Against that background, the IPA's decision to introduce its own code of practice for DM is to be welcomed as an important step in helping to maintain the industry's standing with consumers. Of course, it would be naive to believe the IPA is being driven by purely altruistic motives.
A credible code will inevitably lead to some agency defections from the Direct Marketing Association and a consequent rise in IPA revenues.
Nevertheless, there are sound reasons why an IPA-sponsored code is the best way to prove direct marketers are acting responsibly. There are equally good reasons why the DMA, as currently structured, isn't best placed to enforce one. As an alliance of agencies, clients and suppliers, the DMA has the near-impossible task of bringing consensus to potentially conflicting views. As a result, there are bound to be significant differences between the "broad church" represented by the DMA and the IPA's more specific concerns.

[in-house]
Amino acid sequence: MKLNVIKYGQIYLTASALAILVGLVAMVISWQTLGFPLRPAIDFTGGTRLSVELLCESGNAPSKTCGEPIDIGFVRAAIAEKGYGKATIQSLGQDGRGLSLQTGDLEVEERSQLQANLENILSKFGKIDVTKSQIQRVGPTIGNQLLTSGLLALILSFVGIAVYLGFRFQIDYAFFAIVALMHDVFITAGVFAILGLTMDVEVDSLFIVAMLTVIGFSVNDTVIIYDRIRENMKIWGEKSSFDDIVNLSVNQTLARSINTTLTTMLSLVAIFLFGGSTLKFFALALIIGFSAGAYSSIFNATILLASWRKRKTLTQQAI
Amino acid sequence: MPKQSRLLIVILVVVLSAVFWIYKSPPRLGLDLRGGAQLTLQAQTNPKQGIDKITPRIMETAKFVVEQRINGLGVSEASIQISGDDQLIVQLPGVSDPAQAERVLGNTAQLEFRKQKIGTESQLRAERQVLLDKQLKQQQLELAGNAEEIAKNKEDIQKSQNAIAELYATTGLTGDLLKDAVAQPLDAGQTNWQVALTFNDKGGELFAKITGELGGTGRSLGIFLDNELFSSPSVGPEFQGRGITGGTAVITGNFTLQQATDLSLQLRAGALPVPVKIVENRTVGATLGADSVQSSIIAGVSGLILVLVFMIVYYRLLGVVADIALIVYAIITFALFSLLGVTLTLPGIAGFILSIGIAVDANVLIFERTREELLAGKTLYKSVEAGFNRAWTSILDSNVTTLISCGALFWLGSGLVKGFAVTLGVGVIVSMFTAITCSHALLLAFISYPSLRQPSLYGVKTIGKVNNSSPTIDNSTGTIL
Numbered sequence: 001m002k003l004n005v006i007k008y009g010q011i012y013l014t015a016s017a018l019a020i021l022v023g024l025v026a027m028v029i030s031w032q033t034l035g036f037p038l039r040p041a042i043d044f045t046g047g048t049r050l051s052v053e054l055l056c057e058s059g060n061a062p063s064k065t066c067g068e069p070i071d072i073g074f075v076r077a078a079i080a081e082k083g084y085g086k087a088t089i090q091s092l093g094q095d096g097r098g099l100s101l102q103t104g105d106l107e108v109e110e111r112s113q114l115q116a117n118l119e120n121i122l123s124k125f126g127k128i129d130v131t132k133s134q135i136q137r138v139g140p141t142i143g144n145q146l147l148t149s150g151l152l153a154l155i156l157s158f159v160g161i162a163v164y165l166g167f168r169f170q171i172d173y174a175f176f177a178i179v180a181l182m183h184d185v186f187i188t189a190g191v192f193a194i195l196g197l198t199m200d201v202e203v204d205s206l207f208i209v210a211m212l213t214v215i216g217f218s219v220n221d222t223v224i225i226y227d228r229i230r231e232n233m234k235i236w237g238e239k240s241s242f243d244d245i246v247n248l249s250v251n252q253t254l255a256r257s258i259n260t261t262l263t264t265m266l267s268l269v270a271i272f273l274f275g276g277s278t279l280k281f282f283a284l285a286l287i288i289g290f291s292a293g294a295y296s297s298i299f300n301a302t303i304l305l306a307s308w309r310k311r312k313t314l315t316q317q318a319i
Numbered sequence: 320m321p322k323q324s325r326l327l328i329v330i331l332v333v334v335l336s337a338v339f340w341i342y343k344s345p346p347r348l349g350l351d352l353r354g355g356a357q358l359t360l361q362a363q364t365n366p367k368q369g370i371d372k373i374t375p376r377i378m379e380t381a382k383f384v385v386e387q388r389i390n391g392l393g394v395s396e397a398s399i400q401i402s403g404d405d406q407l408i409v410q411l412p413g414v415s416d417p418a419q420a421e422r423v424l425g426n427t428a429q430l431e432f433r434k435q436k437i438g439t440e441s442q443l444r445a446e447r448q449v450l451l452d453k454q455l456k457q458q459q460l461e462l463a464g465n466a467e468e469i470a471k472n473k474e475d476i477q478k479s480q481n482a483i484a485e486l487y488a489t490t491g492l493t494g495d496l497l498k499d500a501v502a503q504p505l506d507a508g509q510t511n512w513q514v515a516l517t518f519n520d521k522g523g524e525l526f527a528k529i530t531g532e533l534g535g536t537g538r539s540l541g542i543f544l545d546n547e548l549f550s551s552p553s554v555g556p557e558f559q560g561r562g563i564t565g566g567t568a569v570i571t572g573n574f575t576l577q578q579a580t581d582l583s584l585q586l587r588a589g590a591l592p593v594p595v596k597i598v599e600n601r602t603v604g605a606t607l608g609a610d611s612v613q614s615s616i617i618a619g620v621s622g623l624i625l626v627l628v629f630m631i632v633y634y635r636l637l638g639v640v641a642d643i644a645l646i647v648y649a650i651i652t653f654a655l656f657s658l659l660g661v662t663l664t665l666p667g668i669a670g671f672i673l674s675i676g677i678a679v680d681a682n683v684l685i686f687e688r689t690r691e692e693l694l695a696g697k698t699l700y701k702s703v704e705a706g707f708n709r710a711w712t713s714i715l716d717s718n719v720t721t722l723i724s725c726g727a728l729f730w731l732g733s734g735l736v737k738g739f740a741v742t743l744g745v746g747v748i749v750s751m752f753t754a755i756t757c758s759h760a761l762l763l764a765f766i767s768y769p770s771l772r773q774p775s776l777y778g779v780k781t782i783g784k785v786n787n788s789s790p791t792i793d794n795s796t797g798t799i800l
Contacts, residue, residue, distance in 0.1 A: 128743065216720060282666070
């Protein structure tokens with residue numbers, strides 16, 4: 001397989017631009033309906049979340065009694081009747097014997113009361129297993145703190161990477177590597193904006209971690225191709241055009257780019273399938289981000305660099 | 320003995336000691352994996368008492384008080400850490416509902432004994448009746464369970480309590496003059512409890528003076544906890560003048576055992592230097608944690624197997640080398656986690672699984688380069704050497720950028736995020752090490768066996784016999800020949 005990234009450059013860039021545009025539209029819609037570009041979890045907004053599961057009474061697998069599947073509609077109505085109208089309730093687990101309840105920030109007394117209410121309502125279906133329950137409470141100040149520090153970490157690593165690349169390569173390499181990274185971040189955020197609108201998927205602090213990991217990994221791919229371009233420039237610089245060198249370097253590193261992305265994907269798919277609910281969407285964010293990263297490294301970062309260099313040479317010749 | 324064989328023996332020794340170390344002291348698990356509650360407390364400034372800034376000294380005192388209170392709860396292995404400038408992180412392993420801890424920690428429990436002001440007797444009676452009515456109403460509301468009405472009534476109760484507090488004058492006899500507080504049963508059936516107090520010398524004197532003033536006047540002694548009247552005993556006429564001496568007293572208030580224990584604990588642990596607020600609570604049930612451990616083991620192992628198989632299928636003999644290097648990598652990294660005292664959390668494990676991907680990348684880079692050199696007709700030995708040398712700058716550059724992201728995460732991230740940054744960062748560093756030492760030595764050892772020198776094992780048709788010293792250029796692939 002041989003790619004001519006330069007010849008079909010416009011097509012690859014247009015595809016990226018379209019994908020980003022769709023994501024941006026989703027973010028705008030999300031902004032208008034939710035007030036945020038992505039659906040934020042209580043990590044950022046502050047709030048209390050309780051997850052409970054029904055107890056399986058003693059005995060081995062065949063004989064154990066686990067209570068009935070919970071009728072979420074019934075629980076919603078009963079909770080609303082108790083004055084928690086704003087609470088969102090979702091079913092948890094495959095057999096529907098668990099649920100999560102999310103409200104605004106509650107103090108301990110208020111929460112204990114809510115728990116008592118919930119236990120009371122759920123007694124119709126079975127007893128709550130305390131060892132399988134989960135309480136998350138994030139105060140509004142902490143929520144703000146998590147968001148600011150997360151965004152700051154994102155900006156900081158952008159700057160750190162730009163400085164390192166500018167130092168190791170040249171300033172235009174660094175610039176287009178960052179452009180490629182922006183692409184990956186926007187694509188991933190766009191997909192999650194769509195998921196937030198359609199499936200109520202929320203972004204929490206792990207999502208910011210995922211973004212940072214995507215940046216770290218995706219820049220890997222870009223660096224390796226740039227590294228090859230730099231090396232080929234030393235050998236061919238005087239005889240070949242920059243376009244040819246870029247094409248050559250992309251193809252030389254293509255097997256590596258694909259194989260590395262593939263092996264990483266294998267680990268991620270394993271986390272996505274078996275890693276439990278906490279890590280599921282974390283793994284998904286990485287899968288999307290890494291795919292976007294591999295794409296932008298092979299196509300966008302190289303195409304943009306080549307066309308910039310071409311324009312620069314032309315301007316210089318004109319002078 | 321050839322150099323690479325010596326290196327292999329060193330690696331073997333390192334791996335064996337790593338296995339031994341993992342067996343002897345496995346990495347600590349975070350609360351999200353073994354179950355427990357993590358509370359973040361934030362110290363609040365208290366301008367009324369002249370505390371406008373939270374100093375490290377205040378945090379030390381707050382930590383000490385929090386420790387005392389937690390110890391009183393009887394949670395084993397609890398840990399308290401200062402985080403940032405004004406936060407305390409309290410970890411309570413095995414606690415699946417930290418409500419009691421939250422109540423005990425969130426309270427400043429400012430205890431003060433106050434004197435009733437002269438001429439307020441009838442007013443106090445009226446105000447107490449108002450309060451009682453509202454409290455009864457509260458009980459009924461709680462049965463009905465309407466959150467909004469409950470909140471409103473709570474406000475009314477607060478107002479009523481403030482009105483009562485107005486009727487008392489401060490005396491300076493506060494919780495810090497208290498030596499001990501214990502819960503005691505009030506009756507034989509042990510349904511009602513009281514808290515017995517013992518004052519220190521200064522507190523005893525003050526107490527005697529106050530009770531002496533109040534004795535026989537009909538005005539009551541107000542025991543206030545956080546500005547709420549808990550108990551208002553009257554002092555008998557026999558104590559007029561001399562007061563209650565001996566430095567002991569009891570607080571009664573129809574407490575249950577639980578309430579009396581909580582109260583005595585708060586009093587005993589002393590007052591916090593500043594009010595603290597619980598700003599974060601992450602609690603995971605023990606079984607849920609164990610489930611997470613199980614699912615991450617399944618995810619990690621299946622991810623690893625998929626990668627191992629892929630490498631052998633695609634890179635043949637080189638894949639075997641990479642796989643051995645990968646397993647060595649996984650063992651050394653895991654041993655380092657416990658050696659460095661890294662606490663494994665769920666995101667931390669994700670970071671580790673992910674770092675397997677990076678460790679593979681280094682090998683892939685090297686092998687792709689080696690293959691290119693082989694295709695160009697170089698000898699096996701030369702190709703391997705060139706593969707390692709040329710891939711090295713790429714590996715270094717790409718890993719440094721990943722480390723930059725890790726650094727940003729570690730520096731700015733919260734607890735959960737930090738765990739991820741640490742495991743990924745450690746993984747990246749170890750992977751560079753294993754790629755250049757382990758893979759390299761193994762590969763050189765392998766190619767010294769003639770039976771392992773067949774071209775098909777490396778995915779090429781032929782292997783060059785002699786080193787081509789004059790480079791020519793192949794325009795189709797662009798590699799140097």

One area of contention is "blanket" mailings. The IPA says they annoy consumers and damage the reputation of DM. The DMA, whose membership includes companies specialising in mass mailshots, is forced to take a more sanguine line. Another is the issue of whether consumers should be able to opt in to receive direct mail, as the IPA wishes, or to opt out, meaning they receive mailings automatically unless they request not to be sent them.
Opting out remains the DMA's policy, although it may review its stance.
If sensitivity and pragmatism are allowed to prevail, there's no reason why the IPA's initiative should provoke conflict. While the IPA becomes the guardian of DM's probity, the DMA can concentrate on its strengths, particularly as a powerful and influential lobbyist at Westminster and Brussels. If demarcation lines are clear, no-one need lose and DM will be the ultimate winner.